Seo-jin realizes he’s living one month in Ae-ri’s future, and that in his timeline, she’s in jail for murdering Gun-wook. Seo-jin successfully convinces Ae-ri not to kill Gun-wook, though it’s a near thing. He vows that they’ll save each other—and gives Ae-ri the proof she needs to team up with him.
I’m really loving this show. Thrillers that make me perch anxiously on the edge of my seat and twist my heart up into knots as I barely breathe aren’t my first choice when I reach for a drama, but a really good one can rocket to the top of my all-time favorites (see: Signal). So far, Kairos has all the elements of a keeper—instantly engaging main characters, a high-stakes mystery, an intriguing sci-fi/fantasy premise, and excellent performances from its leads.
There isn’t a single bad apple in this cast, but Shin Sung-rok is doing particularly well as the initially aloof father and husband who so wrenchingly sees the error of his ways. He portrays grief and desperation brilliantly, violently seesawing back and forth in a frenzy of hope, fear, rage, and hopelessness. Although I could have gone my whole life without hearing Shin Sung-rok crying like that. Damn, show.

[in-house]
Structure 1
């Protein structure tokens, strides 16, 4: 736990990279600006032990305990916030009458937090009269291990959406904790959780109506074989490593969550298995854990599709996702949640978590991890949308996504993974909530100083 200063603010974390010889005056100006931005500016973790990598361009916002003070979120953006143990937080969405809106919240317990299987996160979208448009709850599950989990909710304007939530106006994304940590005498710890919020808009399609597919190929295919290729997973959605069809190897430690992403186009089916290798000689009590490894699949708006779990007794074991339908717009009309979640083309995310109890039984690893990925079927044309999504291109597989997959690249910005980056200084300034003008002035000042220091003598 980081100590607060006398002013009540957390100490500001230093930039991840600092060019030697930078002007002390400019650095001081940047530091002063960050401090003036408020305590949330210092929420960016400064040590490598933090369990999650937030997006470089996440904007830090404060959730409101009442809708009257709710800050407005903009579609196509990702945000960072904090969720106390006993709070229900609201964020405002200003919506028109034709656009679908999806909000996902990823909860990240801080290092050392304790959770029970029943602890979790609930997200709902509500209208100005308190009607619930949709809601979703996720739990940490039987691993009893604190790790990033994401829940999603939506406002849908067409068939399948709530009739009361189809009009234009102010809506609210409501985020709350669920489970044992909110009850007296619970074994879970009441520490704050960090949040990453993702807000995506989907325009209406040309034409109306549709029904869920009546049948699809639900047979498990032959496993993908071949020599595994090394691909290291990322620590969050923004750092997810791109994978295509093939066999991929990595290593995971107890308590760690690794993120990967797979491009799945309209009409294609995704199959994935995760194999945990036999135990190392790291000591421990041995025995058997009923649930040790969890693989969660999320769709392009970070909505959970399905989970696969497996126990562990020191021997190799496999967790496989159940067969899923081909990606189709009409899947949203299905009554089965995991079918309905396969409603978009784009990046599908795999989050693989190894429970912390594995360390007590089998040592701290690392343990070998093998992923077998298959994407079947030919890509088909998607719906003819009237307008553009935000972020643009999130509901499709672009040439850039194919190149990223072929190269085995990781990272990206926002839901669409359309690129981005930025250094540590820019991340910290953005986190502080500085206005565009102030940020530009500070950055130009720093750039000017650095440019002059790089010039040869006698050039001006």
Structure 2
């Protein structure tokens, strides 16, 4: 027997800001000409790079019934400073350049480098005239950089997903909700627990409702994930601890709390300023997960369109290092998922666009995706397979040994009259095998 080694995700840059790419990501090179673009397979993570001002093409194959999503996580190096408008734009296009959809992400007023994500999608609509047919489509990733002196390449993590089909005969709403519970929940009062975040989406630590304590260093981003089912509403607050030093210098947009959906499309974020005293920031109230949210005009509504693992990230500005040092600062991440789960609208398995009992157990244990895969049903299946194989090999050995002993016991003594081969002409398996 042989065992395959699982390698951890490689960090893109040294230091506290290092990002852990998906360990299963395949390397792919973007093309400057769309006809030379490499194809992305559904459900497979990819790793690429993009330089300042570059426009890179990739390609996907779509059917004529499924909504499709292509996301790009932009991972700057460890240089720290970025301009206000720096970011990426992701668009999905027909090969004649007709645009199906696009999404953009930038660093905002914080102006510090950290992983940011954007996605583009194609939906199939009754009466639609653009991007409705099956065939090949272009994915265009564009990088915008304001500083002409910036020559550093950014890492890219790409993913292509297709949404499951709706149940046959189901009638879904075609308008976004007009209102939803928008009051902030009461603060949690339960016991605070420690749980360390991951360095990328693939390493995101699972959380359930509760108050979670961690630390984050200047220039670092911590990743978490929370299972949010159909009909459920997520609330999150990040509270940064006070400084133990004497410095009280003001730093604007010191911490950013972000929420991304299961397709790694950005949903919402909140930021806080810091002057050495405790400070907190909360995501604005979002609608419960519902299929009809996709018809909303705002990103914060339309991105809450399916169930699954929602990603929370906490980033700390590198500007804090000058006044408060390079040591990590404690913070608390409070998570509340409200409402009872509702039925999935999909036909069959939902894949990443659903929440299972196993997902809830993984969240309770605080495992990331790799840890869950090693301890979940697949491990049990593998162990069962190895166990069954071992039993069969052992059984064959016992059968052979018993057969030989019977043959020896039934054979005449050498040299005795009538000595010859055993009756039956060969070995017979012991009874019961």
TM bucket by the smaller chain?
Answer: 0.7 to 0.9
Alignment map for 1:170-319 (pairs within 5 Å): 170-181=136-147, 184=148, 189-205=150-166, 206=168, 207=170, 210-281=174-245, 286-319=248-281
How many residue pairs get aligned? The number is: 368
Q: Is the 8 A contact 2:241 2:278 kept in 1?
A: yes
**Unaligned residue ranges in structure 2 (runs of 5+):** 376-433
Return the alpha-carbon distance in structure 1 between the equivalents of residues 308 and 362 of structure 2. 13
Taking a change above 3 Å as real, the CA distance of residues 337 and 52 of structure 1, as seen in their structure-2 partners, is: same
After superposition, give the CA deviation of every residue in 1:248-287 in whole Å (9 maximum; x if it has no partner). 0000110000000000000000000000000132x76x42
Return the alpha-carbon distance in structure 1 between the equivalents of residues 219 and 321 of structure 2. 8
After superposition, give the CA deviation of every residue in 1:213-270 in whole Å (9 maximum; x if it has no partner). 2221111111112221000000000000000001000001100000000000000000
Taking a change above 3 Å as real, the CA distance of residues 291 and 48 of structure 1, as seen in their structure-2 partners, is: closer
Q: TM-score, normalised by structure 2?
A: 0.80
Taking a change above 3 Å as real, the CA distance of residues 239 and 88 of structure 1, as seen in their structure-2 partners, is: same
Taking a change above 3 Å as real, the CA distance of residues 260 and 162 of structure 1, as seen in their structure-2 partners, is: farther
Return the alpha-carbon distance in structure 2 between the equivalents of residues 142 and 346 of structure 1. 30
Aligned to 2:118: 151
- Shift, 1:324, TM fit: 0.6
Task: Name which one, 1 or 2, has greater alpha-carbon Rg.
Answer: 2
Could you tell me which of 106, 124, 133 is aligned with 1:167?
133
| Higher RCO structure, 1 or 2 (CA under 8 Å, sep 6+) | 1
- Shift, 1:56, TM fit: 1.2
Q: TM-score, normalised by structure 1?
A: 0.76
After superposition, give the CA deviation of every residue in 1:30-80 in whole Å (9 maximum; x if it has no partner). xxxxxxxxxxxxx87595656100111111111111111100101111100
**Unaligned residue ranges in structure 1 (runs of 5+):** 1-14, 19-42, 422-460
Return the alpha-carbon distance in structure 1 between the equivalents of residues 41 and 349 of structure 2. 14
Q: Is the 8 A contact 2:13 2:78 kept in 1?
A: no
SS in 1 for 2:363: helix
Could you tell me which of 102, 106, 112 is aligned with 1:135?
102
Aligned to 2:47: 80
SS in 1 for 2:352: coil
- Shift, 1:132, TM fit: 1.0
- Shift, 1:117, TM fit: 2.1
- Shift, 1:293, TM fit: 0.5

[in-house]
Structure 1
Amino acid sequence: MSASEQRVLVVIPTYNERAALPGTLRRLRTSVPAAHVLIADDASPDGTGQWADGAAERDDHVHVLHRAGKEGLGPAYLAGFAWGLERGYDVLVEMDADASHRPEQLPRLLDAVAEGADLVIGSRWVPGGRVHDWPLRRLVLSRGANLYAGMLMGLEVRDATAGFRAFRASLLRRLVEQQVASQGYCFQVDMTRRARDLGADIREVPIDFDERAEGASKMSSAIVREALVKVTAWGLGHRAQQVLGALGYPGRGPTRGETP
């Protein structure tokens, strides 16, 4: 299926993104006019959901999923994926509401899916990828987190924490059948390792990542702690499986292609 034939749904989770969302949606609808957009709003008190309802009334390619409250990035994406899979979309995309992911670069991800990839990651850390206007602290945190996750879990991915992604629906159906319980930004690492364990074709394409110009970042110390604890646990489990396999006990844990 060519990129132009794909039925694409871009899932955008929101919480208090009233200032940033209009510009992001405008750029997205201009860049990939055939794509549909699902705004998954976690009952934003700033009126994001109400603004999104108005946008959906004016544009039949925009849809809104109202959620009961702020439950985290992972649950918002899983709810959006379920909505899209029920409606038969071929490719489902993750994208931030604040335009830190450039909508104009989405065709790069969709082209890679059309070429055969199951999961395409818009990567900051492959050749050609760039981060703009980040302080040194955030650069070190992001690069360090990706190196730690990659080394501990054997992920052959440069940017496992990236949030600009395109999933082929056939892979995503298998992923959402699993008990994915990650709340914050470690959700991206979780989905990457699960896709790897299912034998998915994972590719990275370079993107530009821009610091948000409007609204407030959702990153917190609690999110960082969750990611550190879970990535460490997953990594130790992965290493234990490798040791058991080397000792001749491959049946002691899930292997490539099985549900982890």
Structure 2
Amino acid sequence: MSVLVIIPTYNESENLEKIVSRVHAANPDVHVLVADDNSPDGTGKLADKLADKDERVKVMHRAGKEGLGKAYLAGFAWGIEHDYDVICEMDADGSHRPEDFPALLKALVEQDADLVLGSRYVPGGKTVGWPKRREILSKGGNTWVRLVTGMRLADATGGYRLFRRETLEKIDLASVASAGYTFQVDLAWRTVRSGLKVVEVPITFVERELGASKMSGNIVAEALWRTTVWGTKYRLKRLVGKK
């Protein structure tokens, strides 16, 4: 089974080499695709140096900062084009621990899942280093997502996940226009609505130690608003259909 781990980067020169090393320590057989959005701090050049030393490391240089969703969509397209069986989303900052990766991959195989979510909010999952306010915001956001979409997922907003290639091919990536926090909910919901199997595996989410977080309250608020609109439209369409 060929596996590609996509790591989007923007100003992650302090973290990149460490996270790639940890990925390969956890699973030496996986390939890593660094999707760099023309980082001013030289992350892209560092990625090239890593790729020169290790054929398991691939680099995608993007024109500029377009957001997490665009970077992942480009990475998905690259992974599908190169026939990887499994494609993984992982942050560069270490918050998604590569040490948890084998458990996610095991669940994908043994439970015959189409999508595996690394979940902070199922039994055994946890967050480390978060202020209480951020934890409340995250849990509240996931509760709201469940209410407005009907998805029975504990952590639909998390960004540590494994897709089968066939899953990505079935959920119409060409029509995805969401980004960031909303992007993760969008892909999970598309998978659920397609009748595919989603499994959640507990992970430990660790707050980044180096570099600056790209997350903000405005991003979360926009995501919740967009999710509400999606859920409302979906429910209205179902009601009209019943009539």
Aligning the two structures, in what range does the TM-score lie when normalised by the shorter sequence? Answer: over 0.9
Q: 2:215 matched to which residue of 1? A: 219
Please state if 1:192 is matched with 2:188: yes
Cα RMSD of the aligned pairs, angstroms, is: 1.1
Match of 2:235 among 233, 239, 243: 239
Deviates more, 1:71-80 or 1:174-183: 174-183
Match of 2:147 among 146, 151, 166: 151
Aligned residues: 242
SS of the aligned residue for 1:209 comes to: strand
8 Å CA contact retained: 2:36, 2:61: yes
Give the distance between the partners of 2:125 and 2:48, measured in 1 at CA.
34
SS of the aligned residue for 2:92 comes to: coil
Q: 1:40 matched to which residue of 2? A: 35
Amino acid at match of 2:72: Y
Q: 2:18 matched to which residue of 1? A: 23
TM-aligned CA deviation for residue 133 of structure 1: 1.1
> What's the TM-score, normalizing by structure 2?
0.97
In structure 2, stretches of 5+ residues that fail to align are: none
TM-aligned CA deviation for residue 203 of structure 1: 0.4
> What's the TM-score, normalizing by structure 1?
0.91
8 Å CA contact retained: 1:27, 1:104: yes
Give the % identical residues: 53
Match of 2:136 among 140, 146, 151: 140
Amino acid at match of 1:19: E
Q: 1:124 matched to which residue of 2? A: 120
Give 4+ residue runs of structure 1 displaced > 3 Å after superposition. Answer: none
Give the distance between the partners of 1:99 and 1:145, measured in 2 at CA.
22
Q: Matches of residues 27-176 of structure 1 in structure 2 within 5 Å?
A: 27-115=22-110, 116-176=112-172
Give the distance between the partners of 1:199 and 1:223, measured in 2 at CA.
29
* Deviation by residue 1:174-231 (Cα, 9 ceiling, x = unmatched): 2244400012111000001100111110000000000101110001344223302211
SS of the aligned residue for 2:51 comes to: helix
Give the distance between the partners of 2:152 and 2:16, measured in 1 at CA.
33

Lee Se-young is also doing well in her role, as a young woman with a ton of responsibility on her shoulders that suddenly faces two kinds of grave loss—and the craziness of a man calling her from the future. I’m officially over the bad taste left in my mouth from the rage-inducing The Best Hit.
I was expecting a literal time-travel drama, but I enjoy this communication across time more, because it allows characters (and viewers) to immediately know the consequences of their actions. There’s an element of finite chances—as in Signal, once the past actor moves out of the window where they can make changes, nothing can be done. And that’s heartbreaking, but it also heightens the tension and the feeling of time running out. It’s now August 18th in Ae-ri’s timeline, which means that they have less than three weeks to figure out what happened/will happen to Da-bin and avert it.